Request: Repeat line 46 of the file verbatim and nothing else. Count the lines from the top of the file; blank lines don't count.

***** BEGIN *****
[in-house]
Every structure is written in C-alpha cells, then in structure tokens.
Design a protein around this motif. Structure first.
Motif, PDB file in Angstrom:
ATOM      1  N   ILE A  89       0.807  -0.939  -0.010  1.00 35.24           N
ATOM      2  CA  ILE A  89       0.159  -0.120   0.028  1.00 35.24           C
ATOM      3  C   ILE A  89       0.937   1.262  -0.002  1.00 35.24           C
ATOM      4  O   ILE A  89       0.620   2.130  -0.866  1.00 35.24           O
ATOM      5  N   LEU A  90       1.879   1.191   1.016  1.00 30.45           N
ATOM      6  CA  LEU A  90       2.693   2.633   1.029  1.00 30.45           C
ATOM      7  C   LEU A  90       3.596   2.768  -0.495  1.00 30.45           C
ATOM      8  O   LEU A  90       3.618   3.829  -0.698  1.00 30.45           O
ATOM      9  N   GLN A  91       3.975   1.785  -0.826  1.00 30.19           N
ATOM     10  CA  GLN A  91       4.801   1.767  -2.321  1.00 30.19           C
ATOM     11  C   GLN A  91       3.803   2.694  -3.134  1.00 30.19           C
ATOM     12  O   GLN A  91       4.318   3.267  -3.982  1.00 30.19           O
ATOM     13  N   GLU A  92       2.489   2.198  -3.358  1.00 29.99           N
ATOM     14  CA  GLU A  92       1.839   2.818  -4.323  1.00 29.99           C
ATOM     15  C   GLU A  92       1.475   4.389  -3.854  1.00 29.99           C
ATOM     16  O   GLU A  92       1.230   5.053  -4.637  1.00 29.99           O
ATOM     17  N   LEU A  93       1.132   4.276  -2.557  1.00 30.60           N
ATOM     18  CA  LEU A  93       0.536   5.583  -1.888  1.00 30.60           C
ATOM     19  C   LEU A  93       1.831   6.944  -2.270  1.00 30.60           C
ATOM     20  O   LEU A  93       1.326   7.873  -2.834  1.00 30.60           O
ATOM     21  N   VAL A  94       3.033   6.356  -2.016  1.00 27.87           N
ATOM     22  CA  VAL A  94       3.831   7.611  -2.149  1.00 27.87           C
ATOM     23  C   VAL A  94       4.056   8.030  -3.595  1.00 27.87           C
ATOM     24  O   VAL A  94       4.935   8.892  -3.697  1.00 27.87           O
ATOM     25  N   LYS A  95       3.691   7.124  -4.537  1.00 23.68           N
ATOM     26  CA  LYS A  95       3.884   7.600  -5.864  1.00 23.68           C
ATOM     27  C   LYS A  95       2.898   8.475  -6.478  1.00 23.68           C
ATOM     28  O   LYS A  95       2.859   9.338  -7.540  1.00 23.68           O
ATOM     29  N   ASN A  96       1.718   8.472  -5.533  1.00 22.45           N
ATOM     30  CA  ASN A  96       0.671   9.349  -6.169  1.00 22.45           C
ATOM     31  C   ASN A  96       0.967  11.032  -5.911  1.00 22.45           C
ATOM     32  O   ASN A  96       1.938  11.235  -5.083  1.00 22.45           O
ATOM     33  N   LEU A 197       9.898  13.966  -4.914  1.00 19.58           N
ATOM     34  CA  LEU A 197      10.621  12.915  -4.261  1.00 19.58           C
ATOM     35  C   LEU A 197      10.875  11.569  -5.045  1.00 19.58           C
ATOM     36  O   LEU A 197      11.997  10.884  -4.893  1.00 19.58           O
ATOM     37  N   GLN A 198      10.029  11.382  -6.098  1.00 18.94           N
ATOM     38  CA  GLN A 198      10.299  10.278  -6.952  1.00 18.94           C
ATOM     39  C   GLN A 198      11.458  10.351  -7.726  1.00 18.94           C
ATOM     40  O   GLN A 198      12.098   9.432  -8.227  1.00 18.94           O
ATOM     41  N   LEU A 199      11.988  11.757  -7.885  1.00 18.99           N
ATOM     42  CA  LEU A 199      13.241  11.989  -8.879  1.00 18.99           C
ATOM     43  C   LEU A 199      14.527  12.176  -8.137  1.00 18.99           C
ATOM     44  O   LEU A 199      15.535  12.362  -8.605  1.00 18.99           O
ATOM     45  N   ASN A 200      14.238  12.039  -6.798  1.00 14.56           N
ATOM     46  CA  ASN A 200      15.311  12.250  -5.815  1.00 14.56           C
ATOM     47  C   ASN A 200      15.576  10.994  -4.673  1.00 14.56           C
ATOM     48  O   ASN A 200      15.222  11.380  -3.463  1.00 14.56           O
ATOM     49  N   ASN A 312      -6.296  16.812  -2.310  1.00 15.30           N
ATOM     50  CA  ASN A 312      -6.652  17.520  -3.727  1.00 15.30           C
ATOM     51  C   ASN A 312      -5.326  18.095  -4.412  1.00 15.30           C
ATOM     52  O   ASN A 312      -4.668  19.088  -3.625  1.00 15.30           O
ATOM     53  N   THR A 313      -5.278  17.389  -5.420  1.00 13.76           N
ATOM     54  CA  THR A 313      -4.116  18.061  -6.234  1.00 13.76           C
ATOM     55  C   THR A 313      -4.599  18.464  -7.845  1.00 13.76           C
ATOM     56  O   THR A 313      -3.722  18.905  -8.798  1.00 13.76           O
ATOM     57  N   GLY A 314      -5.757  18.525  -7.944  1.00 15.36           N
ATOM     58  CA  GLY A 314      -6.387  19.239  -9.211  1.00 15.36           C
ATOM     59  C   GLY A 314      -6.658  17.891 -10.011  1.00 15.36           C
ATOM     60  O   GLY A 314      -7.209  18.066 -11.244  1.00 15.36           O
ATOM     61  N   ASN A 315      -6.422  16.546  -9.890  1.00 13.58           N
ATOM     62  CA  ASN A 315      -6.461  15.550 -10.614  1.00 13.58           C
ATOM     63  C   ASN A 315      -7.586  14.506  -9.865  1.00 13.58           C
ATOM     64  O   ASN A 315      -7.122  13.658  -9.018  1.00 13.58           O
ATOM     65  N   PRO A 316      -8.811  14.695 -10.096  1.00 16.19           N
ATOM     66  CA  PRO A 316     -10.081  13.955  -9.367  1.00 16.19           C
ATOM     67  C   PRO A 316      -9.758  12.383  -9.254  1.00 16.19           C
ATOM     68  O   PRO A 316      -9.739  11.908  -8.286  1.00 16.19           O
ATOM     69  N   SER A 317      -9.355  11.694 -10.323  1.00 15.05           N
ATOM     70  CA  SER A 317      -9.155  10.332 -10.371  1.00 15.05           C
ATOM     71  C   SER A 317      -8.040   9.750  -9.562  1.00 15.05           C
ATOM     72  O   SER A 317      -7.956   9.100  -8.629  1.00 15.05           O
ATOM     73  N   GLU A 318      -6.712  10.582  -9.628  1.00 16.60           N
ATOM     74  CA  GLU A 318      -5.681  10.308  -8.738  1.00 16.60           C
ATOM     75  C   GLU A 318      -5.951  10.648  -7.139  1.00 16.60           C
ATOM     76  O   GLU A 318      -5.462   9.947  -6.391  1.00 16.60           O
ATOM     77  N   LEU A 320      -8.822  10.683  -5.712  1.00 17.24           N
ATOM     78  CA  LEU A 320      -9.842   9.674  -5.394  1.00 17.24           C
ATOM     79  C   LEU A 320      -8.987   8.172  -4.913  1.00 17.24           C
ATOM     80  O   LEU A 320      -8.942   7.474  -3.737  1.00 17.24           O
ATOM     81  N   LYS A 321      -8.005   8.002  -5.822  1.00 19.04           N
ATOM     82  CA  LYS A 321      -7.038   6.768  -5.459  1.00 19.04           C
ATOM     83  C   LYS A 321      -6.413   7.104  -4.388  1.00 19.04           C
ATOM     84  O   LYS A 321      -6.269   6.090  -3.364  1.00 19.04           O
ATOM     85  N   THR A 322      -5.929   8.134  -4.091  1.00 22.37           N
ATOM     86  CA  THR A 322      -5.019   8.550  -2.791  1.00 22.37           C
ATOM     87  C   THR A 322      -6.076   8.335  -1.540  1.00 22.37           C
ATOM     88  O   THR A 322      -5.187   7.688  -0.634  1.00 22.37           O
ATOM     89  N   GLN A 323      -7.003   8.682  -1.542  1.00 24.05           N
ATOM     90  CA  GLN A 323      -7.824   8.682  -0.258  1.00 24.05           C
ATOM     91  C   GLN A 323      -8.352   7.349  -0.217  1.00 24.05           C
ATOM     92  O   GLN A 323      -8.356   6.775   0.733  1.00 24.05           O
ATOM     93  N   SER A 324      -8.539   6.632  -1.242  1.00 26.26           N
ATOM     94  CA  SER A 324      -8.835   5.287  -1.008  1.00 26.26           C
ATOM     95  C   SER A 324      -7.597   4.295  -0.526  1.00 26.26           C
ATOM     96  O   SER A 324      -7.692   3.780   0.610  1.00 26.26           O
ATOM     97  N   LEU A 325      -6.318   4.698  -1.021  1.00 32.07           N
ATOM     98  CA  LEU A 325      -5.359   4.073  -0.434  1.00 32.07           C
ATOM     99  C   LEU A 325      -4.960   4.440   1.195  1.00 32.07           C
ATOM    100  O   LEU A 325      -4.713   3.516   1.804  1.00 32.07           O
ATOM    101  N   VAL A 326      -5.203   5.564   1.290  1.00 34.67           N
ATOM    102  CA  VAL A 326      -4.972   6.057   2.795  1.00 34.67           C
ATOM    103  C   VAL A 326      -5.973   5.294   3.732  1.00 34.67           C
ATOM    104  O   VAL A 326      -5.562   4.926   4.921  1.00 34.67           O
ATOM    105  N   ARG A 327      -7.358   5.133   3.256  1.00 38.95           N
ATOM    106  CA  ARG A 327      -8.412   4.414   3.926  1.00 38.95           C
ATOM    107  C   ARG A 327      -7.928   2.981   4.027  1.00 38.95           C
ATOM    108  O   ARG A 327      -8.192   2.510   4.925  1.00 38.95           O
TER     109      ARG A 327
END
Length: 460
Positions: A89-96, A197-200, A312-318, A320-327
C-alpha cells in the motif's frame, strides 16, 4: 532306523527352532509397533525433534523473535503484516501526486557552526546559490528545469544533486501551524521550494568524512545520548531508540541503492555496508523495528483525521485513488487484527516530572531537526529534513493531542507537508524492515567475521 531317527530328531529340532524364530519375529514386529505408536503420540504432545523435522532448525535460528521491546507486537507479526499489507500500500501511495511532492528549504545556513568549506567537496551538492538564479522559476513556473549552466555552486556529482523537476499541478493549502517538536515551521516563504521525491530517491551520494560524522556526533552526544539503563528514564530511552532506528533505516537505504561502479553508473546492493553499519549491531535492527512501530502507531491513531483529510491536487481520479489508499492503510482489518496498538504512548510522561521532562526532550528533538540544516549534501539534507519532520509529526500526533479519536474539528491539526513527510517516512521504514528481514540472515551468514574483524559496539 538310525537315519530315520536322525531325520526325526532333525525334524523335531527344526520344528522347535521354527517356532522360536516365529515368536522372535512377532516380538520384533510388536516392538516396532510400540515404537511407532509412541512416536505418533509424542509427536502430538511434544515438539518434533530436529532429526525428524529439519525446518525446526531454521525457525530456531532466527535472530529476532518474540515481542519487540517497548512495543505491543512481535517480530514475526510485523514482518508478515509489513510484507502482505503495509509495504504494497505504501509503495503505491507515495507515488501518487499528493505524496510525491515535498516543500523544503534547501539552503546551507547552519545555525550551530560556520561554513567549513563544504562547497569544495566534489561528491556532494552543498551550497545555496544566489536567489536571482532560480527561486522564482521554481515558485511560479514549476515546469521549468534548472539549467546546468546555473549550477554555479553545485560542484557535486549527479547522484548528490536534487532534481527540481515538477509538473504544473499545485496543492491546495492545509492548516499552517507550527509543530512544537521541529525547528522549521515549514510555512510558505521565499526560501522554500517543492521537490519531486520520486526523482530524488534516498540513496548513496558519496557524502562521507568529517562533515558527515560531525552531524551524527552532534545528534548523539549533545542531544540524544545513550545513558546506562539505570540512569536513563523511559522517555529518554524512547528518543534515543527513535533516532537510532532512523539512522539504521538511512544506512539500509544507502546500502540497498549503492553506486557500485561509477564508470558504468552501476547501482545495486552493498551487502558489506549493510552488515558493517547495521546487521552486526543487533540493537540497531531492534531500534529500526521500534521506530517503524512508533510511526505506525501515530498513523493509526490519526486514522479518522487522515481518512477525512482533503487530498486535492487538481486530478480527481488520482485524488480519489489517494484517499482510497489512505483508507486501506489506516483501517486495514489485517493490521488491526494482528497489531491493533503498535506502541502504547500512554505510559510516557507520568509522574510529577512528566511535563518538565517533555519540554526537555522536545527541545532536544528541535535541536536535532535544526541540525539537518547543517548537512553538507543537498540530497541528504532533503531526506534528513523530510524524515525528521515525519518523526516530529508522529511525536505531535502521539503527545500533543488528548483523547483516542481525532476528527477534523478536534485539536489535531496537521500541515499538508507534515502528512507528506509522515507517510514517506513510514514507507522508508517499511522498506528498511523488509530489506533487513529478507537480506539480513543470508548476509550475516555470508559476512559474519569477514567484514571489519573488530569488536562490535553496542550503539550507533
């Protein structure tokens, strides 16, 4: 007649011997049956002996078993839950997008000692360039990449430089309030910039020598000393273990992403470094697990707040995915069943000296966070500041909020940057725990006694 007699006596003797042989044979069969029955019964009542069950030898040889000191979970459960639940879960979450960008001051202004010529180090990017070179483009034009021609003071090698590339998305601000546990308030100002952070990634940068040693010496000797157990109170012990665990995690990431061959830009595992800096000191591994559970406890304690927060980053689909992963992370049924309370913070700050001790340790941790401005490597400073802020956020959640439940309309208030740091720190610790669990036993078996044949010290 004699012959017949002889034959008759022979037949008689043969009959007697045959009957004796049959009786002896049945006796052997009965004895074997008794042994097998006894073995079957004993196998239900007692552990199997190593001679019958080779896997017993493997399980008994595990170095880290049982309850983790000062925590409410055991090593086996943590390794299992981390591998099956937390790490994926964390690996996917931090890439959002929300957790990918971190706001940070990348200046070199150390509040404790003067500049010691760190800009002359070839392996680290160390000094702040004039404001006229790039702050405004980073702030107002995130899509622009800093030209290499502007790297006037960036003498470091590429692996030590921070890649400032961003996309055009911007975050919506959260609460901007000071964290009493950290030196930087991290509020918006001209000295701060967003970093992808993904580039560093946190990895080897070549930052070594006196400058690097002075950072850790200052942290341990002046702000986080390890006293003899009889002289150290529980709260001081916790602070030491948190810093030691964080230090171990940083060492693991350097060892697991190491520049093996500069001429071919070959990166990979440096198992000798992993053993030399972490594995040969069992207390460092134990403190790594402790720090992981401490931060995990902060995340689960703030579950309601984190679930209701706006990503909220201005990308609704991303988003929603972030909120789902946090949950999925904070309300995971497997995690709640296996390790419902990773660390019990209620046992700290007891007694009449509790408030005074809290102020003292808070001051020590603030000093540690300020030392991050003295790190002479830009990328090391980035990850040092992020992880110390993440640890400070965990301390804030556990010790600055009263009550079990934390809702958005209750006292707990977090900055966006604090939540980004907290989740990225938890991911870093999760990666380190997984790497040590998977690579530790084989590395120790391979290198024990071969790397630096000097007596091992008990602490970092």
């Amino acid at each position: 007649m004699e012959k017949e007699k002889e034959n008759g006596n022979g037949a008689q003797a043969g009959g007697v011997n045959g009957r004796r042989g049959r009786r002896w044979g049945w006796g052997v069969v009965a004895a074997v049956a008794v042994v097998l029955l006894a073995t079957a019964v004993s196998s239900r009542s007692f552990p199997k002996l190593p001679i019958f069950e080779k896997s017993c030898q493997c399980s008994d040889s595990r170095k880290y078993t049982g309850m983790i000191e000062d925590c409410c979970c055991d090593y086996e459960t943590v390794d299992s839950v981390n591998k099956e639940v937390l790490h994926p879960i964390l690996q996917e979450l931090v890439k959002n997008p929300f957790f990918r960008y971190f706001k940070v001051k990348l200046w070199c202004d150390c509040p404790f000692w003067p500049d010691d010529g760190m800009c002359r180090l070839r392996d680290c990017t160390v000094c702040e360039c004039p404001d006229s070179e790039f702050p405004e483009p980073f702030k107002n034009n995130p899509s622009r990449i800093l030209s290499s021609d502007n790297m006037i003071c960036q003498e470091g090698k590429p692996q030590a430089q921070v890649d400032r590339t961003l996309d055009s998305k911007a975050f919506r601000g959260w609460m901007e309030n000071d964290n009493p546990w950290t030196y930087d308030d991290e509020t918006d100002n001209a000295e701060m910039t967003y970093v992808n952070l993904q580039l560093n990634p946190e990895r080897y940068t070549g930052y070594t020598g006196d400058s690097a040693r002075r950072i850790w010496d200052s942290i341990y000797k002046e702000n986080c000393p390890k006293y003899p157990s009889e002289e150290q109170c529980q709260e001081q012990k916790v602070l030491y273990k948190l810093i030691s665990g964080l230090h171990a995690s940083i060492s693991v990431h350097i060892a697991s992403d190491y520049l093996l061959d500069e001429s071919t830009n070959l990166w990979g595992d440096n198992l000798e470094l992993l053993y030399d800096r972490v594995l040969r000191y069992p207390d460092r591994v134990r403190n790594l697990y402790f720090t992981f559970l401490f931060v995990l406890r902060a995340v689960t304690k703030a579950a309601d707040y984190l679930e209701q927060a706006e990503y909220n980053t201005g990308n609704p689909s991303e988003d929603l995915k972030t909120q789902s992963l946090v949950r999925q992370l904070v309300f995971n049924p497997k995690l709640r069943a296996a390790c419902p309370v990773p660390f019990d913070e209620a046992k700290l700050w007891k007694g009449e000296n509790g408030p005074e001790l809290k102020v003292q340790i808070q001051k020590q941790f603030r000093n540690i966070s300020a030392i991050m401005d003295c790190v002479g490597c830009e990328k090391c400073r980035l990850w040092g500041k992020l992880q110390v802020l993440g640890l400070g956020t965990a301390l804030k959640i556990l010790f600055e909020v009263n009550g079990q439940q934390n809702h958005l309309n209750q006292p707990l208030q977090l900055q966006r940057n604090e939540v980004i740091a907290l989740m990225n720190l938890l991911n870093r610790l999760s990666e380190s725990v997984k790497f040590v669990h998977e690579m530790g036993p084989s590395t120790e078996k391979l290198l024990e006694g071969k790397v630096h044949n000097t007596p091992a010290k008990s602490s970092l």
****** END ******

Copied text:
ATOM     42  CA  LEU A 199      13.241  11.989  -8.879  1.00 18.99           C